This is the follow-up work of the Seagraves after their controversial book The Yamato Dynasty: The Secret History of Japan’s Imperial Family (1999).
Gold Warriors: America’s Secret Recovery of Yamashita’s Gold (2006) is the chronicle of how the Japanese military joined hands with yakuza and indigenous gangsters alike throughout Japan’s conquered territories in Asia to systematically blackmail, terrorize and loot civilians of valuable assets during the Pacific War. At the risk of simplifying a very complex story that took many decades to unfold, essentially the Japanese military had outsourced spying, intelligence and counter-intelligence activities to the yakuza. The yakuza in turn forged links with indigenous gangsters in occupied lands, who provided valuable information as to what wealth was owned by whom in the local areas and helped to make these blundering operations both effective and efficient. At the top overseeing these activities was Prince Chichibu, younger brother of the Showa Emperor.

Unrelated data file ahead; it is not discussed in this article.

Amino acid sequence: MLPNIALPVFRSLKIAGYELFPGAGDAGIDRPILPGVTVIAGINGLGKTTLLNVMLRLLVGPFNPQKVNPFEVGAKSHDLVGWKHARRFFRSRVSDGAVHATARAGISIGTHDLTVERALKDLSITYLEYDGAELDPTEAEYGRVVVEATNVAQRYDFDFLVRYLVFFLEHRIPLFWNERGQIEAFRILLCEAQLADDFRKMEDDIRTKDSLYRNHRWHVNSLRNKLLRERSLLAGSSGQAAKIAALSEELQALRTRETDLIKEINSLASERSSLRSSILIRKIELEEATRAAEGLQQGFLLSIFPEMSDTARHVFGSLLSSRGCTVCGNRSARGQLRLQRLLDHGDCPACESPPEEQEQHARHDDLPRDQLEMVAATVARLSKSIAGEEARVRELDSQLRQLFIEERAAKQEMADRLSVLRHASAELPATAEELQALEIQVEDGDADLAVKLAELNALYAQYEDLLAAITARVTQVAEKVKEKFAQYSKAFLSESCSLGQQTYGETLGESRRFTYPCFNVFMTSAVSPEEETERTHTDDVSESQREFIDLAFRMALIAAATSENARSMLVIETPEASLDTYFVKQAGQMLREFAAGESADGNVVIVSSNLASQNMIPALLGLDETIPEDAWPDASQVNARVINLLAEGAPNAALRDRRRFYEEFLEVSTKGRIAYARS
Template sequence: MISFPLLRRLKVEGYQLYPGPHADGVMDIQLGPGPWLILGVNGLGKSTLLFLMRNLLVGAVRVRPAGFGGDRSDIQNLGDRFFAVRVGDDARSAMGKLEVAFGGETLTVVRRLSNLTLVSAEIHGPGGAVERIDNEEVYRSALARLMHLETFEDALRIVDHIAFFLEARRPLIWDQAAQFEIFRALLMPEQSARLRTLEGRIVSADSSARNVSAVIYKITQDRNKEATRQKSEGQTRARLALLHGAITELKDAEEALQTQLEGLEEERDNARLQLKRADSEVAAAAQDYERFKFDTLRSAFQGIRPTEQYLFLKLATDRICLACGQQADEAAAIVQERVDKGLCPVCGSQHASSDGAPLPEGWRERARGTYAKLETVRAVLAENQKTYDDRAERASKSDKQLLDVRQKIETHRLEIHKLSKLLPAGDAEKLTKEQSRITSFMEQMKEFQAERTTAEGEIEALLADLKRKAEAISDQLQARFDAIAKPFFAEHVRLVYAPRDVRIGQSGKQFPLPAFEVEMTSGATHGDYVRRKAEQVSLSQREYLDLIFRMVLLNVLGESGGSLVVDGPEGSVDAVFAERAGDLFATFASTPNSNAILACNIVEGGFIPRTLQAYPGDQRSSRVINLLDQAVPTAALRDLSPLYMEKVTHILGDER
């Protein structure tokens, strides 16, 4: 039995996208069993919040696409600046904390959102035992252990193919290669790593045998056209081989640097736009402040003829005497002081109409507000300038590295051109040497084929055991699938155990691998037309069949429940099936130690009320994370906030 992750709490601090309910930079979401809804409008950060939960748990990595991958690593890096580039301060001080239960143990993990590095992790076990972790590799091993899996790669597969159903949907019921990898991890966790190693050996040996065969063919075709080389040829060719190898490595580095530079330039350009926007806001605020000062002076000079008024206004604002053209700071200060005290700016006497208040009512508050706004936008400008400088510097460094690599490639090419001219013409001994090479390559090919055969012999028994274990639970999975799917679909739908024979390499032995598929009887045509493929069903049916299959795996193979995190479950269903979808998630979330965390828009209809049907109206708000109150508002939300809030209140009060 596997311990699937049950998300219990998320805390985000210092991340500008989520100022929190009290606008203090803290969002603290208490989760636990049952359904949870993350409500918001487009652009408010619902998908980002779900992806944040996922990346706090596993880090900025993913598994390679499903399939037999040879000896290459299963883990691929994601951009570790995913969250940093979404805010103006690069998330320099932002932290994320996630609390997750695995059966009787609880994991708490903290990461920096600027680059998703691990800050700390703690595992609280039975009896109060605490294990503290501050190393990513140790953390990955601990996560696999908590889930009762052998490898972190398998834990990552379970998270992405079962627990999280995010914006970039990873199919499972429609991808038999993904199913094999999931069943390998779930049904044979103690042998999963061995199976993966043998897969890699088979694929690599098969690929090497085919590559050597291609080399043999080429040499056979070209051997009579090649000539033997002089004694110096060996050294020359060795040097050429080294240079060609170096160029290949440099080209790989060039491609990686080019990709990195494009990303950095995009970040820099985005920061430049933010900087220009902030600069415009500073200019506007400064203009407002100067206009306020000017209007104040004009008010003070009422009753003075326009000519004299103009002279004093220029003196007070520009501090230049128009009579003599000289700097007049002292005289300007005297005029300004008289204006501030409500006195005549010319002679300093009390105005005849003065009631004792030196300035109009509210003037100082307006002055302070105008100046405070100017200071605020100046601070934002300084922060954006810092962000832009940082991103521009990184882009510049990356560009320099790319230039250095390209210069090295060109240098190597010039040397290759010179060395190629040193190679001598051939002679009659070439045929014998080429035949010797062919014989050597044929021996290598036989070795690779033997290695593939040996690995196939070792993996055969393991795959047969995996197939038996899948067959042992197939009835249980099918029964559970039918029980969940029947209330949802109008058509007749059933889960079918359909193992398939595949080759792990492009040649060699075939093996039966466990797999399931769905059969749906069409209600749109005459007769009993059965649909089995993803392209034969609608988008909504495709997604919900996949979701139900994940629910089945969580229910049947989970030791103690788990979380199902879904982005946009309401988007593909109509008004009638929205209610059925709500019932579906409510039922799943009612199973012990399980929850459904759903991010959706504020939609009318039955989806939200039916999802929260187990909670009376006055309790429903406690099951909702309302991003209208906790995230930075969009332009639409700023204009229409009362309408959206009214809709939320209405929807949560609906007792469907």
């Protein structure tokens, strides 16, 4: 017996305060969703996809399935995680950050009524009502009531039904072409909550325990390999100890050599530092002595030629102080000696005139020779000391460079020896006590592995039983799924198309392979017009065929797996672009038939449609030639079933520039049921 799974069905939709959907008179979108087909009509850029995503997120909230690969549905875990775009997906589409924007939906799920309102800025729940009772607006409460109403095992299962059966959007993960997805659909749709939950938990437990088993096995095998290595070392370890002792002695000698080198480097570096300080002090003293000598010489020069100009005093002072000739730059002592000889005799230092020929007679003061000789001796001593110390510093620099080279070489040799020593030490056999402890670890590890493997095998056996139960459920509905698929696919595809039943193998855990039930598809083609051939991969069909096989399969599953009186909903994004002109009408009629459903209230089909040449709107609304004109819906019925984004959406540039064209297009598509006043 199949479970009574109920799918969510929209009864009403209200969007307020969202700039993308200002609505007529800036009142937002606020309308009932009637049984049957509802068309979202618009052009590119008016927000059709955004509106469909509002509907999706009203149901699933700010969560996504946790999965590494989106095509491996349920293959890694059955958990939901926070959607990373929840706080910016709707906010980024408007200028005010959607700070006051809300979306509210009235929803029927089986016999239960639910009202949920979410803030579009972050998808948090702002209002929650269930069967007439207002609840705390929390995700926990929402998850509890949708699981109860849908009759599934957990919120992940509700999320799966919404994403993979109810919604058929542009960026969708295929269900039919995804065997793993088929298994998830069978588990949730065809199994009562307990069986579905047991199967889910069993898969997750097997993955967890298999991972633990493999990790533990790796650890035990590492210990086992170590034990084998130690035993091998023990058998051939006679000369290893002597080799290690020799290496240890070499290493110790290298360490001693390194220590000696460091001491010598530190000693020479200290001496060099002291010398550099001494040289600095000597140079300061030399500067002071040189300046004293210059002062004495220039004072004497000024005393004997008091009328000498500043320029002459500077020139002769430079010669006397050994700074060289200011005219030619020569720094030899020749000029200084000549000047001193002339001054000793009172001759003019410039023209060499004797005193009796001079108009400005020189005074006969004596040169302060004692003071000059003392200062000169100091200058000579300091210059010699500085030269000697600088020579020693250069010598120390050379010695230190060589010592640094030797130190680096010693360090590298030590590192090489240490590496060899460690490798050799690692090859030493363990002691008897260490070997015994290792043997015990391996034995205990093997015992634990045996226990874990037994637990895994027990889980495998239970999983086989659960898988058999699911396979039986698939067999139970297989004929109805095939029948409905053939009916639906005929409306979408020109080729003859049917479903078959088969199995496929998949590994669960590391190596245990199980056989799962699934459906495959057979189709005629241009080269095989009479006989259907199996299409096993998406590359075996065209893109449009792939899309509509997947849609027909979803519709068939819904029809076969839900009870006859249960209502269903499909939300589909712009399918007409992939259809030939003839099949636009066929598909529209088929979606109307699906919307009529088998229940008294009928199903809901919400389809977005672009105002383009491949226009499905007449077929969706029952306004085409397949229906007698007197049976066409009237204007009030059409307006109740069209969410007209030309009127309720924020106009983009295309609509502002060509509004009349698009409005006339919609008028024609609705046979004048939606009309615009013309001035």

An eye-opening account of the Japanese Imperial family from the Meiji Era onwards. It is explosive, controversial and fascinating. It chronicles the colourful life of the bon vivant Meiji Emperor, followed by the reign of the Taisho Emperor and whispers of his mental insanity in corridors of power, to direct war-time involvement on the part of the Showa Emperor and senior-ranking princes and their subsequent bailouts and evasions of war crimes in the post-war era, and finally to the effective hostage of the Imperial Family in the hands of Right-wing conservatives up to the present day.
Two things from the book impressed me in particular: